So, you might want to open up to that idea. I remember one time when Albert Handell walked over to a painting of mine and picked up a stick of charcoal and began to lightly feather over the water, and suddenly it looked like a glistening, soft reflection. I was blown away! No other way I could have learned that--to see it on my own painting showed me not just that it could happen but HOW to do it, right there in my own dust. Often he would add a touch of light, a soaring speck of color that brought it alive, and I was just thrilled to understand. However, he wouldn't touch one of my paintings today... I was his student then, not now.

Ok, I've rattled on enough now! LOL Just hit a nerve, I guess...

Deborah

Tap
12-06-2003, 03:09 PM
Originally posted by dee_artist
My heart thumped when you mentioned a teacher working on your painting. You see, I do that all the time. It seems that I must show my students how to do it on their paintings--not on another sheet of paper. I guess most of the time it's because they have a particular set of colors, layered in a particular way, that I can't reproduce. I always try not to do it all, or do it completely, and I try to use their pastels (not my own, which may be different), and respect their work, but I do paint on their student paintings. I always, always make sure they understand that I will do that and ask them to tell me if they don't want me to touch it---but when they come to a class to paint, it's student work and painting on their piece is part of how I teach. I may be wrong, but I've taught for 14 years now and that's how it works best for me...

So, you might want to open up to that idea. I remember one time when Albert Handell walked over to a painting of mine and picked up a stick of charcoal and began to lightly feather over the water, and suddenly it looked like a glistening, soft reflection. I was blown away! No other way I could have learned that--to see it on my own painting showed me not just that it could happen but HOW to do it, right there in my own dust. Often he would add a touch of light, a soaring speck of color that brought it alive, and I was just thrilled to understand. However, he wouldn't touch one of my paintings today... I was his student then, not now.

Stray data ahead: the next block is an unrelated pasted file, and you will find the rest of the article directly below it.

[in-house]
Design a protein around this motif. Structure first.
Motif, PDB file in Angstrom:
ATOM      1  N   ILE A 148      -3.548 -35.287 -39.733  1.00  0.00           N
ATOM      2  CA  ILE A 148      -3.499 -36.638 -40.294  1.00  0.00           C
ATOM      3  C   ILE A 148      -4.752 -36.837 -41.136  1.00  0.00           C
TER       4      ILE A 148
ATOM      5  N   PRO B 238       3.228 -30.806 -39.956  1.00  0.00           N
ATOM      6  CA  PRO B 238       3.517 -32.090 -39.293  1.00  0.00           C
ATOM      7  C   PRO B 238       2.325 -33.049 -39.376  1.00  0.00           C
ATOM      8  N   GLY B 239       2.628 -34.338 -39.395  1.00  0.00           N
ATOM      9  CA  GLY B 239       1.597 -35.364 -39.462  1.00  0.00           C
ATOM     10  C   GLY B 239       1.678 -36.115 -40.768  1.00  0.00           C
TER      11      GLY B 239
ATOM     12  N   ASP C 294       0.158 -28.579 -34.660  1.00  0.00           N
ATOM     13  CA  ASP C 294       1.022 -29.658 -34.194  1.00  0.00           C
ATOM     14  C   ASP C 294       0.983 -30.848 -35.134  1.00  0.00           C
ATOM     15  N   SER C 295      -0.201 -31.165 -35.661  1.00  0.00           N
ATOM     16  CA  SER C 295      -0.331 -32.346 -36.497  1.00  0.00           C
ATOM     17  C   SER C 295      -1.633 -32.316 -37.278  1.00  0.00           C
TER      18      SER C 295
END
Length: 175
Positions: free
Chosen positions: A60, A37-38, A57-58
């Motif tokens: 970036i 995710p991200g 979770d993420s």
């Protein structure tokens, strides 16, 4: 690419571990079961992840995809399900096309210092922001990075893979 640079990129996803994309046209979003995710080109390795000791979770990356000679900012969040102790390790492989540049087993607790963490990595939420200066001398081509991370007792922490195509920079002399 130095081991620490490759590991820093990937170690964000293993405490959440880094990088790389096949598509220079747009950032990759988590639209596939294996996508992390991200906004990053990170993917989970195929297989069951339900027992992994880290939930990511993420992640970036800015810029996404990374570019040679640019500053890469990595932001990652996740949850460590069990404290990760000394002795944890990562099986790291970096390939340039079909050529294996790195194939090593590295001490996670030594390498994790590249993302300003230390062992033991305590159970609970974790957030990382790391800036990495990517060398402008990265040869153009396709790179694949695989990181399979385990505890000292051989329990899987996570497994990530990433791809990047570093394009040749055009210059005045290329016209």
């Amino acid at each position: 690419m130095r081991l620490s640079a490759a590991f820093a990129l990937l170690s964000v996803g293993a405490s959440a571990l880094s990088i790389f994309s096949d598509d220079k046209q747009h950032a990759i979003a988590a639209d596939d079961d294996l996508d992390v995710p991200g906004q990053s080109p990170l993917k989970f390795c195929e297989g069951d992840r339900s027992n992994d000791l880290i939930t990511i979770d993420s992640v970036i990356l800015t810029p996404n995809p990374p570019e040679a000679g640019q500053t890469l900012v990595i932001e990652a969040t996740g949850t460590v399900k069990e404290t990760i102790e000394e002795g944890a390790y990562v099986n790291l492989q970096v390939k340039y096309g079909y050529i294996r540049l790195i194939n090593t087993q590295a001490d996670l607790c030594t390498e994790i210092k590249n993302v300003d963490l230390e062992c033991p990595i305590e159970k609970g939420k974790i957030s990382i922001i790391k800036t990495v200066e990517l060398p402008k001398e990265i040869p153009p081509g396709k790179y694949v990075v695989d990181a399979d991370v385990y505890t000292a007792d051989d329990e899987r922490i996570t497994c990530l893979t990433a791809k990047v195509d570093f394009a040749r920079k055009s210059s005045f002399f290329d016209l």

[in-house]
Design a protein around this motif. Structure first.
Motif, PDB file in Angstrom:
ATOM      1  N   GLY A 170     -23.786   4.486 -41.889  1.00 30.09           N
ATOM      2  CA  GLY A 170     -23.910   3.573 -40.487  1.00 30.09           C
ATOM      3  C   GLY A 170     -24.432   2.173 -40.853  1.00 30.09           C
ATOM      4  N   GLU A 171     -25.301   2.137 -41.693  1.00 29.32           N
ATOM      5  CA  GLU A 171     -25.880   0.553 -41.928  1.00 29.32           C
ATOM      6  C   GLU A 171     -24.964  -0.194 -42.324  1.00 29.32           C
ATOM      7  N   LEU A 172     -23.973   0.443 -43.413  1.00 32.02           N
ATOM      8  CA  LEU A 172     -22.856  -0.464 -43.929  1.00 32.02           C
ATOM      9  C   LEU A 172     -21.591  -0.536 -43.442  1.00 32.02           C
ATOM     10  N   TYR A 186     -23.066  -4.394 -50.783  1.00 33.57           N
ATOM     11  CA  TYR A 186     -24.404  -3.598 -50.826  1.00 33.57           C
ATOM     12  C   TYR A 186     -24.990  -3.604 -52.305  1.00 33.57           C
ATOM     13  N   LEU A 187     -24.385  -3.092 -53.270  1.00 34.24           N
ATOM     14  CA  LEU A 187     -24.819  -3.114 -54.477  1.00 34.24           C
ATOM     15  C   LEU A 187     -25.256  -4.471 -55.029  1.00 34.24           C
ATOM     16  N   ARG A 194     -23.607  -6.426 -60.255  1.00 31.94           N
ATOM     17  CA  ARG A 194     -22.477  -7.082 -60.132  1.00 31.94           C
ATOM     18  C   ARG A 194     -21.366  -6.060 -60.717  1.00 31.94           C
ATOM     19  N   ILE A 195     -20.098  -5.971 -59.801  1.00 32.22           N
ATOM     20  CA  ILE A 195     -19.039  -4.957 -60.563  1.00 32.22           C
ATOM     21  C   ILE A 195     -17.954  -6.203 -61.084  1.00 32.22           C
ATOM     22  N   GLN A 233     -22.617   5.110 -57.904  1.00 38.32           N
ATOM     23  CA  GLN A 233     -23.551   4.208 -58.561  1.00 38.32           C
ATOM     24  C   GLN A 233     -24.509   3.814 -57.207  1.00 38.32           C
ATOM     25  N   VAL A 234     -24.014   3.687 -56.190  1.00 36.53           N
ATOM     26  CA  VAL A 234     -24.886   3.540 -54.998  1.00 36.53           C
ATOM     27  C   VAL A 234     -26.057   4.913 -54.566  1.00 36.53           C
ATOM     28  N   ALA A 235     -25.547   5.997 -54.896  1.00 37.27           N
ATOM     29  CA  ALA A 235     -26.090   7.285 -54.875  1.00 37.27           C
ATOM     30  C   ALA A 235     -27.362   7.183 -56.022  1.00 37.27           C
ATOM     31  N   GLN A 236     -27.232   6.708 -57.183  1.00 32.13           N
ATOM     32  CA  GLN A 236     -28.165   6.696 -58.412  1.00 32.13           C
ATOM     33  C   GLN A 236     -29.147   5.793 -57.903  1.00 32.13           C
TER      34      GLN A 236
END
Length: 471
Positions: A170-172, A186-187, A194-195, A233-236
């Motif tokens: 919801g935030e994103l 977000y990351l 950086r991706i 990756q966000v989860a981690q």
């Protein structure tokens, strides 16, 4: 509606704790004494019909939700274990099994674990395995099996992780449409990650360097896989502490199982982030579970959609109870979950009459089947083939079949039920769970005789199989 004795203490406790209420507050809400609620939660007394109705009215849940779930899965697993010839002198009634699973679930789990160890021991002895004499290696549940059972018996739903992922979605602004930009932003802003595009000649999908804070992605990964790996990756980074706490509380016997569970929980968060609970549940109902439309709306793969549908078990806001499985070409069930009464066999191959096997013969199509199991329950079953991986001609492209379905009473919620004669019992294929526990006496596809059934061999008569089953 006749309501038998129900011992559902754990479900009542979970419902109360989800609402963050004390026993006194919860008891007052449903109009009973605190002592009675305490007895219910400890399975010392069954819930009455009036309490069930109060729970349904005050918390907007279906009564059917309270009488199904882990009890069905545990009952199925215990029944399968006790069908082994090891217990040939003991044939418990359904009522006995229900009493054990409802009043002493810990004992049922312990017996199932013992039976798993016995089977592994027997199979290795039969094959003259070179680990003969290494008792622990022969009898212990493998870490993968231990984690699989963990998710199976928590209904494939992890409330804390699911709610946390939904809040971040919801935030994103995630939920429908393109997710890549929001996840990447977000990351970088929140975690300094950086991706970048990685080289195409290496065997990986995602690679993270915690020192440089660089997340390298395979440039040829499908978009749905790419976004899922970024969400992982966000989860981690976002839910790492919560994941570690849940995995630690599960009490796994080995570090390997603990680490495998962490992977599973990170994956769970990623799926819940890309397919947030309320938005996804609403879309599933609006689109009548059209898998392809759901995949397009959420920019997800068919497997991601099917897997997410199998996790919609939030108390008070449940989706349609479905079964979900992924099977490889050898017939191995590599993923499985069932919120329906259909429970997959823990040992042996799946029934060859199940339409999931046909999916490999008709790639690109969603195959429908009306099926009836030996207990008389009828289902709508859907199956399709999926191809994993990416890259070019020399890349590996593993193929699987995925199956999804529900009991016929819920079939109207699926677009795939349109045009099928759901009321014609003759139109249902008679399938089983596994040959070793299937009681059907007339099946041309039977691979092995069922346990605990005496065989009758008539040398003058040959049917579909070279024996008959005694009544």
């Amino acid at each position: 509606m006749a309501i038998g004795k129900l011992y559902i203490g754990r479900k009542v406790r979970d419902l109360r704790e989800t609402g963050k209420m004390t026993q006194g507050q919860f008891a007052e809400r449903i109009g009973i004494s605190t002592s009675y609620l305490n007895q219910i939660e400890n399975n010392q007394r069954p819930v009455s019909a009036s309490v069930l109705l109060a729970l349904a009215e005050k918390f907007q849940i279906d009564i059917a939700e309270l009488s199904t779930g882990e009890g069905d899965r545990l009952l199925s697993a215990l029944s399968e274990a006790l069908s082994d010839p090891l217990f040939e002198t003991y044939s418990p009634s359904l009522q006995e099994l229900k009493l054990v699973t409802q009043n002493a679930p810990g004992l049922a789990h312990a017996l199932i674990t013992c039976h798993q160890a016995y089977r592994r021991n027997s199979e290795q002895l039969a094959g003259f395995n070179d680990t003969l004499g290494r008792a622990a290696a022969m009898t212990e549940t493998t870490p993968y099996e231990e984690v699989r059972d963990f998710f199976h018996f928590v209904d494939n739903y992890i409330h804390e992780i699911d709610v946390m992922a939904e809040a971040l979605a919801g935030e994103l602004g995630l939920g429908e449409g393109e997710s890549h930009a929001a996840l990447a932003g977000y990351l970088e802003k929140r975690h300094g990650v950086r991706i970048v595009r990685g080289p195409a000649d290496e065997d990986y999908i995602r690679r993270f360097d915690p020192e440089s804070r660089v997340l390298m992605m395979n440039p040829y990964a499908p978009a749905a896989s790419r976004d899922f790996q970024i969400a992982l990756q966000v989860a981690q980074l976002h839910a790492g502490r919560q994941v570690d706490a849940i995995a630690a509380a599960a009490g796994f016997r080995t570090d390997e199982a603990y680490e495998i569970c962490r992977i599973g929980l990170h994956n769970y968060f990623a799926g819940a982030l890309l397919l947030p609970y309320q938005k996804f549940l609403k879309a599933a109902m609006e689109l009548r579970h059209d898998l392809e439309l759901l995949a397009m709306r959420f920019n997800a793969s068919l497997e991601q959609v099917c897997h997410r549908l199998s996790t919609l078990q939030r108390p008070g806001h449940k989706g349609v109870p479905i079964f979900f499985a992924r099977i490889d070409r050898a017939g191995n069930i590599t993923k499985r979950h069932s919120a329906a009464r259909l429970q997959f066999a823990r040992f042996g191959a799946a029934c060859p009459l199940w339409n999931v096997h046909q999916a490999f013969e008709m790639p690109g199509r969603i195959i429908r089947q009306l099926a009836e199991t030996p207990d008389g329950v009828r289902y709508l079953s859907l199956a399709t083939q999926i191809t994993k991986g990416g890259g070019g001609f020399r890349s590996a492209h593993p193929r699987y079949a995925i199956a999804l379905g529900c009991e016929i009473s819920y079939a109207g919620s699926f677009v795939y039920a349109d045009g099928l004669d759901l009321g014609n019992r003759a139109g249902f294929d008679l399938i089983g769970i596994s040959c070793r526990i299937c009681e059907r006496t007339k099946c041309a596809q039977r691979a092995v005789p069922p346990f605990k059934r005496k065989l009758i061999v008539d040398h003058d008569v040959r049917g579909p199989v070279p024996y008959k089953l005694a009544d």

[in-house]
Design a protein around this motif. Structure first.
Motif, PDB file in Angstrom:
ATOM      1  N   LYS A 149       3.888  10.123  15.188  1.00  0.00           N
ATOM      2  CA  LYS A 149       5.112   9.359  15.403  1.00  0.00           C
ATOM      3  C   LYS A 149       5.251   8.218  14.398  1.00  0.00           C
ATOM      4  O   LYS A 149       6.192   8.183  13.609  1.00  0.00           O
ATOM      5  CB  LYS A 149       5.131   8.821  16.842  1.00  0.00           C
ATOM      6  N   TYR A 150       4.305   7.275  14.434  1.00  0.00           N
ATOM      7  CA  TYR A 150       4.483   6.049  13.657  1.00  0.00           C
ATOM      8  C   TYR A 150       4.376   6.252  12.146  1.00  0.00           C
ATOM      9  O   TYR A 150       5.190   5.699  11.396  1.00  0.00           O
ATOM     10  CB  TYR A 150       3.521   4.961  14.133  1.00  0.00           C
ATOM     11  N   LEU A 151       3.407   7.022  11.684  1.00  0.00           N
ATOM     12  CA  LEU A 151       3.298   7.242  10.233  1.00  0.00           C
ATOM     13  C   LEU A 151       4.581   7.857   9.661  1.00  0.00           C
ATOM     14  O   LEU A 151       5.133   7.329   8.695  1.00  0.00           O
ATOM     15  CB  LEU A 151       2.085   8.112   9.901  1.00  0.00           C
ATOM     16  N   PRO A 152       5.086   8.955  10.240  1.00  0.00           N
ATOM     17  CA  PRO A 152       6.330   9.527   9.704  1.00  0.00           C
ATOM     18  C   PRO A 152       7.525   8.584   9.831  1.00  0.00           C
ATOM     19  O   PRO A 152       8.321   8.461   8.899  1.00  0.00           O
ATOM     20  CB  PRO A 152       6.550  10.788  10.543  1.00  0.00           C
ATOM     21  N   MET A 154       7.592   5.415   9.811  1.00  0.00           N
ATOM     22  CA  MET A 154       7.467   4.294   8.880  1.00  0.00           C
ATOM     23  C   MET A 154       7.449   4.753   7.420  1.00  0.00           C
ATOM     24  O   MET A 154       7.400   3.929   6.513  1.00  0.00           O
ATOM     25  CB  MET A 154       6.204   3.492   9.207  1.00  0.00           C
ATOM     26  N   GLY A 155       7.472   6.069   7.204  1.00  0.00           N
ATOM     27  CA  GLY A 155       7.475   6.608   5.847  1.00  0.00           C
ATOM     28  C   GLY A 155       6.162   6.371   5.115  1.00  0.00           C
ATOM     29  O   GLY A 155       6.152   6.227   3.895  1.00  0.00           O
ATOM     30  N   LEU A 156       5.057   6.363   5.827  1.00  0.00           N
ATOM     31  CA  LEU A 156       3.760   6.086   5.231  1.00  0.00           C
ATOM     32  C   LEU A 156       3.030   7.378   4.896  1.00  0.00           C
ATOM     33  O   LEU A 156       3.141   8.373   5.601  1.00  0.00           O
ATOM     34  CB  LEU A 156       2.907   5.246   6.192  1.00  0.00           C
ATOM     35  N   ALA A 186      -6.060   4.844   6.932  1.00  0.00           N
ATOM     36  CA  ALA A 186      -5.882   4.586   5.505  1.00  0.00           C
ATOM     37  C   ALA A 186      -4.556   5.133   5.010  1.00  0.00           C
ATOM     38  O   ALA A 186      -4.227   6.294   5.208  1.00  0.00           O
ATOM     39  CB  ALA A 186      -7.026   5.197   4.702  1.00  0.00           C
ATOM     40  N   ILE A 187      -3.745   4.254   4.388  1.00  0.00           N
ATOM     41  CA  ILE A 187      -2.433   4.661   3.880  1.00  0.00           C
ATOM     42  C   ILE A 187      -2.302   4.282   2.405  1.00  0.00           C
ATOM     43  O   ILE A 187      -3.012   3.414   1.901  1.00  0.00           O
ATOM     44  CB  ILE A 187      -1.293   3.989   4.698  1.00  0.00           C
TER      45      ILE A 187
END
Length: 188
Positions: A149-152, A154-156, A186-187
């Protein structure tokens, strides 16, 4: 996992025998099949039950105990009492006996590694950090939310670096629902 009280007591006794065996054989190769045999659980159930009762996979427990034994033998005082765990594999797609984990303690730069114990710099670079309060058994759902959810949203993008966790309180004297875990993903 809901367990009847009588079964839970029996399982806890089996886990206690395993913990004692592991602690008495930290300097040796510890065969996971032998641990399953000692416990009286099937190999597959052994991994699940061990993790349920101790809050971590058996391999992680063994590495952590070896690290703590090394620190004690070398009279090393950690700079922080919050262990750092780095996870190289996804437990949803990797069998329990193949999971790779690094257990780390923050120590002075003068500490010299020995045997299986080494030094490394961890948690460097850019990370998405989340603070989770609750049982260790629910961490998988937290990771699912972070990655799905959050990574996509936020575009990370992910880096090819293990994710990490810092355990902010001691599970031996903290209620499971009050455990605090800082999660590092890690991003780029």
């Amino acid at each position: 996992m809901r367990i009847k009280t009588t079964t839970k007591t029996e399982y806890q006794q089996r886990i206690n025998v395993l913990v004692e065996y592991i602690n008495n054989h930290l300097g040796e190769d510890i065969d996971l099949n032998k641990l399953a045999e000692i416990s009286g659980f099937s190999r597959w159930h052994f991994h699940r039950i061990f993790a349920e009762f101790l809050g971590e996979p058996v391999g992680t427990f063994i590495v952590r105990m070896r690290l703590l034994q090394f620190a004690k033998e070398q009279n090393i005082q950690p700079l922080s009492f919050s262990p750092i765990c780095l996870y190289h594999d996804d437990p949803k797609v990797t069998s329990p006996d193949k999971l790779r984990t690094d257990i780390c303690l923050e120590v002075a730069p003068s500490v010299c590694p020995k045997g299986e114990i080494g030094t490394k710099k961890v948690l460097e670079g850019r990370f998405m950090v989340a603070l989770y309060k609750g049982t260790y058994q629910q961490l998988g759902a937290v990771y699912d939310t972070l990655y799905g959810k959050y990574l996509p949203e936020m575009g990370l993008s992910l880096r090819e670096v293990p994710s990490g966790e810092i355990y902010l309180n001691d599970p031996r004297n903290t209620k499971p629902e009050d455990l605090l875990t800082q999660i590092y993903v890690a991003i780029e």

Ok, I've rattled on enough now! LOL Just hit a nerve, I guess...

Deborah

Good points, Deborah, very good. I was LOTS younger then and had teachers who came over and did make some changes, but this gal pretty much did over the whole picture. And having matured some I've handed over my piece, my brush & pallete and had a teacher demonstrate strokes on my work. I think it was the way in which it was done... a harsh tone, grabbing the brush, not saying, "may I." before taking the brush and showing... I think the teachers that do the demo your way, gently, still leave a student with that sense of wonder and a feeling that they, too, can do the same thing the teacher just demo'd without abruptly grabbing the brush and changing things... Does that make sense?

When I read your reply I thought I shouldn't have posted, but it was the truth, I really hated the feeling I got in that class, had even dropped it.

Then I got a new job and was telling someone about that teacher and she told me of her teacher. He was the one who moved me to learning pastels and would indeed demo on a picture, but it was in a gentle instructional way. BTW, I'm no shrinking violet too fragile for the harsh words, but I also try to be aware of the feelings that everyone has. When Russ was teaching you listened, you saw and you then did without fear of a loud scolding in front of the class. I was 20 at the time and just starting pastels...

Tap ;~D